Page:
Now, I have to preface this by saying that disordered eating is NOT the same as an Eating Disorder. I know it sounds like semantics, but the former is MUCH easier to “get over” than the latter. For the record, when I was in college, I considered myself a disordered eater, even though my calorie intake was low enough to “qualify” as anorexic-level. But when I stopped starving I just . . . stopped. I had about a month where it was tough, but after that? I was fine. Sometimes when people ask me about my eating habits in college, I say I was mildly anorexic, but that’s not really the case. It’s just a term that most people understand, and it’s easier than going into serious detail about the differences.
My Eating Disorder (ED) was/is binge eating. I really do refer to this one as an ED because I COULDN’T STOP. There was no, “wow that was hard” for a month and then poof! I was fine. Even today, sometimes when I’ve had a really bad day I will come home and take my dinner to bed, because if I don’t go to bed, I WON’T STOP EATING, and I know it. I know the warning signs. (I always get a lot of sleep those nights, LOL. You’d be amazed how good you feel when you turn out your light at 8:00pm!)
But in college, although I didn’t have an ED, I definitely was seriously disordered. What i was going to eat, how much I was going to exercise – those thoughts figured prominently in my day. I learned that if I sucked on hard candies most of the day, I didn’t get hungry – the sugar was enough to fool my blood-sugar into thinking there was food in my body.
Hm? What’s that? You want to know how the hell this relates to the post title? What post title?
See, here’s the thing: a lot of the behaviors I engaged in while I was in college are not inherently unhealthy. I was looking at the “Go, Bucky, GO” post and realized that low-fat, low-carb, dairy-free, high-protein bit? Was not all that far from what I ate in college overall (despite my rather excessive intake of Tootsie Roll Pops – hey, they were only 50 calories and no fat! STOP JUDGING ME! LOL). And as a rule, I did not exercise excessively by current health standards: 40 minutes of cardio, 30 minutes of wieghts, 5-6 days a week (though I did not cut back when my knees started hurting, which was a BIG mistake). I still ate the occasional fried chicken sandwich from Burger King (though NEVER with fries, and only after waiting 3 days, in case the craving went away).
But you can see, even just in the paragraph above, how intertwined the disordered habits (exercising in pain, waiting a set number of days to eat something I wanted) were with the healthier behaviors (regular exercise, a diet that made me feel good – well, when I ate it, anyway). And that’s part of the reason that I look around almost frantically for a “diet.” I’m looking for something that doesn’t relate to that time in my life, that doesn’t make me wonder if I’m sliding down the rabbit hole, with wax paper under my butt to speed up the slide. (Anyone else do that when they were little? Use wax paper on the slides so you could slide faster? No? Too bad. That was my mom’s idea, and she was a freakin’ GENIUS. Either that or she was trying to kill us all: i remember taking some SERIOUS faceplants. It could go either way.)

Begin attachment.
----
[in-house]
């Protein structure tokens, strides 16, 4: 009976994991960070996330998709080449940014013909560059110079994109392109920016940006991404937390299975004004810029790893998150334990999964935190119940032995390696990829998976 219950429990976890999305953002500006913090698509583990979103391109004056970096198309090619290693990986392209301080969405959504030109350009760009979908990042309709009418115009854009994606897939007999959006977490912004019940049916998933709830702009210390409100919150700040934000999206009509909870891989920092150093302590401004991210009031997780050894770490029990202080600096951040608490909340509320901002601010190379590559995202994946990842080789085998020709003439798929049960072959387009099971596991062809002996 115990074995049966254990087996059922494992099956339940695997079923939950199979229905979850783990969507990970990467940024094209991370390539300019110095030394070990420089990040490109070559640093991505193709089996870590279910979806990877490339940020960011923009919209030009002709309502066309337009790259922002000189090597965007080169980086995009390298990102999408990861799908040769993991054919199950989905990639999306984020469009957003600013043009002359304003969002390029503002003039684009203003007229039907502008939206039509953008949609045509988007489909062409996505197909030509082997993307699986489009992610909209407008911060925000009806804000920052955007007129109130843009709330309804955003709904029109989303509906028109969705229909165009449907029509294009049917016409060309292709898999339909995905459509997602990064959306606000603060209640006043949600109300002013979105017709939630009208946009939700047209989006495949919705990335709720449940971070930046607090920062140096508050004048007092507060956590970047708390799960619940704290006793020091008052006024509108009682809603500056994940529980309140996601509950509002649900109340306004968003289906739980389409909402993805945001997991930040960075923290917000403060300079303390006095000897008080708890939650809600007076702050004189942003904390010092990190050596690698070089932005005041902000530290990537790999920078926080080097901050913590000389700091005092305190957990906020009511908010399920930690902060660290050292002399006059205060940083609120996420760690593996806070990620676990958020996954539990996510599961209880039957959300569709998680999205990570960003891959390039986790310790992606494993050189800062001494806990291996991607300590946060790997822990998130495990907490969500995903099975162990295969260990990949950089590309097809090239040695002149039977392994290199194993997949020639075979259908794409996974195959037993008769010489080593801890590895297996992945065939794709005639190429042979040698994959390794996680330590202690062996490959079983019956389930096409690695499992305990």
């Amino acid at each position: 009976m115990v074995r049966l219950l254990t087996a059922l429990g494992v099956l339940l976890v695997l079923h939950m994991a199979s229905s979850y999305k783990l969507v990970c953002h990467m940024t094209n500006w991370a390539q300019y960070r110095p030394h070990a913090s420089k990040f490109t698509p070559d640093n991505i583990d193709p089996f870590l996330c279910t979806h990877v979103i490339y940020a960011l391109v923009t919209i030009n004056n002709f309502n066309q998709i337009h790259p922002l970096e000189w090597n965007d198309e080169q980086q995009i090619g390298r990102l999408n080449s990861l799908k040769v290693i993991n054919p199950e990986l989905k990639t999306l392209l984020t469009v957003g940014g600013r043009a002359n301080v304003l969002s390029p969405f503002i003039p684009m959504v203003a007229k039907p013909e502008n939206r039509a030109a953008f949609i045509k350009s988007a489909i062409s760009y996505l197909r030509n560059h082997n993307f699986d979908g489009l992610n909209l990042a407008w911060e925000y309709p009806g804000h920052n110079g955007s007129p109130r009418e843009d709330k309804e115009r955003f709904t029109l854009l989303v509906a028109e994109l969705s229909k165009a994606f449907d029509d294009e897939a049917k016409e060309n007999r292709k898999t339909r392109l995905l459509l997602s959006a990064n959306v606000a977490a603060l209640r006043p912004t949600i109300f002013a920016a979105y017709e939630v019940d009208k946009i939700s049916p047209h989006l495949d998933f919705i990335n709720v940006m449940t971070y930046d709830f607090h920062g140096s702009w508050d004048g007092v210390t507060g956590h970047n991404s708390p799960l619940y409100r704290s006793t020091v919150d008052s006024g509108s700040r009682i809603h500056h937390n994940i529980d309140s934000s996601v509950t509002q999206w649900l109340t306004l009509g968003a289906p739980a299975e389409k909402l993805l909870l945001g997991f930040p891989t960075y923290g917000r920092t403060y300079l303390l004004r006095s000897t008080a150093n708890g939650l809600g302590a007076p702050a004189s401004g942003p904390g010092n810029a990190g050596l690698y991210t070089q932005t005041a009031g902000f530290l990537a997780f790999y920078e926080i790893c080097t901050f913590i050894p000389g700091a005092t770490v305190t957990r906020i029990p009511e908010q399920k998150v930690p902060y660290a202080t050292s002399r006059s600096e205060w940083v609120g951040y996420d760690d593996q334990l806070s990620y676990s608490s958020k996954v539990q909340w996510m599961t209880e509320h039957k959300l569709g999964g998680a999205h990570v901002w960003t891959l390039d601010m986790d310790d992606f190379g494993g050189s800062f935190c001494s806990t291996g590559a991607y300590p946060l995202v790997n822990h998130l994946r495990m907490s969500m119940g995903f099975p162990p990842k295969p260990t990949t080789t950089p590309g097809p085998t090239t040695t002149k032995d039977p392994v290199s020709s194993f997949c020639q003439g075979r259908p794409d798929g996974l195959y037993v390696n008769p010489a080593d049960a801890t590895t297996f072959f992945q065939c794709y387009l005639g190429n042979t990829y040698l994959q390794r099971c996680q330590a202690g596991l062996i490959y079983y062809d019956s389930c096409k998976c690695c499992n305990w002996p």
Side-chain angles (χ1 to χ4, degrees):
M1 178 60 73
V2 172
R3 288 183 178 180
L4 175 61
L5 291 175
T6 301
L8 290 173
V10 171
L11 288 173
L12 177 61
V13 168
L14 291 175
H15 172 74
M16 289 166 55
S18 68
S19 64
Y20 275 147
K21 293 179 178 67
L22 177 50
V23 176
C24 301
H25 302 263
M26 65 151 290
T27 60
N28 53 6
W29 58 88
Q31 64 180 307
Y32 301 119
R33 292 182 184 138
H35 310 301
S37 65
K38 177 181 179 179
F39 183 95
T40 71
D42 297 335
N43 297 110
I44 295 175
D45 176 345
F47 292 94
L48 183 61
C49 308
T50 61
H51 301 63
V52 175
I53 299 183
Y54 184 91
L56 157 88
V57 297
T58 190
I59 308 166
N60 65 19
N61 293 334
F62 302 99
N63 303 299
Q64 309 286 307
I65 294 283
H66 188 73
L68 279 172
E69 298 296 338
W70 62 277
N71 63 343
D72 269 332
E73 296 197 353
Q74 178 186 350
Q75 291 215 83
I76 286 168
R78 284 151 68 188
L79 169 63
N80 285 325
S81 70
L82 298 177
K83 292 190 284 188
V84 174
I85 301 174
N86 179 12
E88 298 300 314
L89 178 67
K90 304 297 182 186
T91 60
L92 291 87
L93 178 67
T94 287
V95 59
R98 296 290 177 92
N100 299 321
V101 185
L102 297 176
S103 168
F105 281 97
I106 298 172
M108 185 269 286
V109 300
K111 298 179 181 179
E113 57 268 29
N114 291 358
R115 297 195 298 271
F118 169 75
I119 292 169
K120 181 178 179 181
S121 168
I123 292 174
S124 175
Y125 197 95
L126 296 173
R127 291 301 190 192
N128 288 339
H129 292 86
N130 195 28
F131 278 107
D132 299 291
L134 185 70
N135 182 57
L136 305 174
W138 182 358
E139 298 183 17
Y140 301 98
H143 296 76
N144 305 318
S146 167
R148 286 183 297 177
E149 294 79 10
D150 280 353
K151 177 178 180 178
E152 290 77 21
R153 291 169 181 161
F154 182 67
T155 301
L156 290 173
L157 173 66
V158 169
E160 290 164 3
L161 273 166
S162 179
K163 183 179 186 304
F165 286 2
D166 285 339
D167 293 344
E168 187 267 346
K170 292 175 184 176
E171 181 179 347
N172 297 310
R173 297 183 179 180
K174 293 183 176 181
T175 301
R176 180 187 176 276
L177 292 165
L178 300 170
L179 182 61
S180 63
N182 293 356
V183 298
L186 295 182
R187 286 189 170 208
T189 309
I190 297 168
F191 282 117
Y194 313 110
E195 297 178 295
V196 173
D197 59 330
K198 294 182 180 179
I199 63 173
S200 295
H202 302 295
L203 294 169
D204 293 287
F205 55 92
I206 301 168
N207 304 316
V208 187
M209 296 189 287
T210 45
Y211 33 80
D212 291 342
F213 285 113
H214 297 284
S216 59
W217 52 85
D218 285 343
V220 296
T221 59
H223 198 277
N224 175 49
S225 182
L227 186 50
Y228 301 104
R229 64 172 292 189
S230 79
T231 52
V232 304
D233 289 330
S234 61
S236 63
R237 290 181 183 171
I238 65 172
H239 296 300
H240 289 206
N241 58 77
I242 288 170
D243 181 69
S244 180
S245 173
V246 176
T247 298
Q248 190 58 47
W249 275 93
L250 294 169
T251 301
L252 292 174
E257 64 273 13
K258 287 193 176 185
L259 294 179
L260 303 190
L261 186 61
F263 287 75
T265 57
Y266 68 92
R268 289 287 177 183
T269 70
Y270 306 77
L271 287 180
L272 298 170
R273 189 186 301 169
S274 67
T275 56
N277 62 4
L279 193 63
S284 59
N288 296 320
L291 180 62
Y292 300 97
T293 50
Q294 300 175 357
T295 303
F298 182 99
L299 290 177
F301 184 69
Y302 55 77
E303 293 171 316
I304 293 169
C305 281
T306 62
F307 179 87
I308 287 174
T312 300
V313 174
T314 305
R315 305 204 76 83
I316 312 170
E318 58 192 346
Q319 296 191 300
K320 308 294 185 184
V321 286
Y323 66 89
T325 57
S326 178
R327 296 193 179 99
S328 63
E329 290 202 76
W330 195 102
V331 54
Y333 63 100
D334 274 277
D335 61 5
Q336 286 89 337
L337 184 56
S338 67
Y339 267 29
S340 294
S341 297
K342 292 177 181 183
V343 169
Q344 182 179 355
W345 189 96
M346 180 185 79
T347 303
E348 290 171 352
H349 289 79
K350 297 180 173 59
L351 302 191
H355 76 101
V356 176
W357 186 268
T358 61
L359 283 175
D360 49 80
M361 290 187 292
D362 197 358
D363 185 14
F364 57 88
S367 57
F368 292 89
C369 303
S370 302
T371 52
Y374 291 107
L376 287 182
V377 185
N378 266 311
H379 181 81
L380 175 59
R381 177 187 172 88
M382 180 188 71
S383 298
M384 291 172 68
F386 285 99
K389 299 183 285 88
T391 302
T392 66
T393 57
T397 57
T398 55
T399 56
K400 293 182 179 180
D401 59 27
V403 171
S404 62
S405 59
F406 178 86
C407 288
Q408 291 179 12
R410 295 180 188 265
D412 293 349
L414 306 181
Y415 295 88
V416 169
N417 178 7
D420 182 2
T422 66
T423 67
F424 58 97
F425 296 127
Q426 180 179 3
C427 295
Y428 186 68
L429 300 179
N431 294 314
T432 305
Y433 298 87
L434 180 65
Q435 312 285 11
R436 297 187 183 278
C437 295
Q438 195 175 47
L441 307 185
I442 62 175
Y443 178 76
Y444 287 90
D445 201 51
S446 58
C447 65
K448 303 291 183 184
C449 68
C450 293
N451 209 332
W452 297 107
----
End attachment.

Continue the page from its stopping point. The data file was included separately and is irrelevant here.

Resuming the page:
So the last couple of days I’ve gone (carefully) back to eating more like I did in college. Not the Tootsie-Pop obssession (although I have always had them in my house, ever since college), but the food angle. I’ve been trying to carefully (so, SO carefully) tease out the behaviors and habits that were healthy and made me feel better from the behaviors and habits that made me feel like the most worthless person on the planet. It’s pretty much a tightrope: “Put your left foot there . . . No! Not THERE! Over THERE! Don’t move too fast, or you’ll fall, but for God’s sake don’t put your foot in THAT spot!”
So in some ways it’s more stressful than following a diet. But in other ways, it’s LESS stressful. I had a 6-inch Turkey sub from Subway the other day, and it was SO good. I love those things, I really do. And I haven’t been eating them because “OMG, the carbs! The CARBS!” LOL I ate it with oil but no mayo, which is the part that is more like my college days. And I had to make an effort not to wonder how many calories EXACTLY the oil added, and how many mintues of exercise EXACTLY it would take to burn off, say, 100 calories. Well, the oil might be more than that, better round up: how much exercise to burn off 200 calories? That was the hard part.
The easier part? Eating what I want. And it’s entirely psychological, because I’m STILL looking at menus, discarding anything with dairy in it, anything with white flour (I ate the Subway sandwich on a wheat bun – though I think there might be more white flour in it than they let on), and making choices about how much fat/carbs/protein I want (or don’t want) to eat. But (here’s where the psychology kicks in) it’s MY choice. I’m not getting it from a food list, someone else’s version of what’s “good” or “bad” for my body. I get to remember that those sugar-free cream cheese cupcakes? Make me feel SO MUCH WORSE than a fun-size Snickers bar, even though the cupcakes are sugar-and-carb-free, and the Snickers bar . . . well, not so much with the “-free.”
Maybe this is what Intuitive Eating really is. Not eating whatever I want because I WANT IT NOWNOWNOWNOW but eating what *I* know will make me healthier and happier in the long run.
Now I just have to work on filtering out the Shamebots that accompany the college habits that were healthy.